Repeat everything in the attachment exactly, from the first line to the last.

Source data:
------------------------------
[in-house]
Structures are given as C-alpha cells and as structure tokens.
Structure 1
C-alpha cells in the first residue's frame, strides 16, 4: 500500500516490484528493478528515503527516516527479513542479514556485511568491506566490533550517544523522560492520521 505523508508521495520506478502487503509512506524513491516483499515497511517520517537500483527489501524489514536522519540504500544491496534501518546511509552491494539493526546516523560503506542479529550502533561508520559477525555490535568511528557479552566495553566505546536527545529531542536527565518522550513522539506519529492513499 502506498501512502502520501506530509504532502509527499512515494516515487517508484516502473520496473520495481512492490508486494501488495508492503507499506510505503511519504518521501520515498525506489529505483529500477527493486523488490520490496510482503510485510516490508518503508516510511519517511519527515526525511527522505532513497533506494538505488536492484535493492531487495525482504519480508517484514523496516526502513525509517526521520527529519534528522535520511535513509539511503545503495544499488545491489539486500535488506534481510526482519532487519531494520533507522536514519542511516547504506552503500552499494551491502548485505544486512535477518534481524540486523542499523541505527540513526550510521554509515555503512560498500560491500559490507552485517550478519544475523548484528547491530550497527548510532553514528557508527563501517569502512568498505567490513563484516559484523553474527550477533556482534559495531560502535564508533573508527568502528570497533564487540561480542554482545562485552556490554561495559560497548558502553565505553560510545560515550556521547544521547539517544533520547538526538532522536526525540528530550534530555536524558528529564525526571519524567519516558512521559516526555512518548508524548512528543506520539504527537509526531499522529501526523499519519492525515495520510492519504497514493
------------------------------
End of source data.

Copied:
[in-house]
Structures are given as C-alpha cells and as structure tokens.
Structure 1
C-alpha cells in the first residue's frame, strides 16, 4: 500500500516490484528493478528515503527516516527479513542479514556485511568491506566490533550517544523522560492520521 505523508508521495520506478502487503509512506524513491516483499515497511517520517537500483527489501524489514536522519540504500544491496534501518546511509552491494539493526546516523560503506542479529550502533561508520559477525555490535568511528557479552566495553566505546536527545529531542536527565518522550513522539506519529492513499 502506498501512502502520501506530509504532502509527499512515494516515487517508484516502473520496473520495481512492490508486494501488495508492503507499506510505503511519504518521501520515498525506489529505483529500477527493486523488490520490496510482503510485510516490508518503508516510511519517511519527515526525511527522505532513497533506494538505488536492484535493492531487495525482504519480508517484514523496516526502513525509517526521520527529519534528522535520511535513509539511503545503495544499488545491489539486500535488506534481510526482519532487519531494520533507522536514519542511516547504506552503500552499494551491502548485505544486512535477518534481524540486523542499523541505527540513526550510521554509515555503512560498500560491500559490507552485517550478519544475523548484528547491530550497527548510532553514528557508527563501517569502512568498505567490513563484516559484523553474527550477533556482534559495531560502535564508533573508527568502528570497533564487540561480542554482545562485552556490554561495559560497548558502553565505553560510545560515550556521547544521547539517544533520547538526538532522536526525540528530550534530555536524558528529564525526571519524567519516558512521559516526555512518548508524548512528543506520539504527537509526531499522529501526523499519519492525515495520510492519504497514493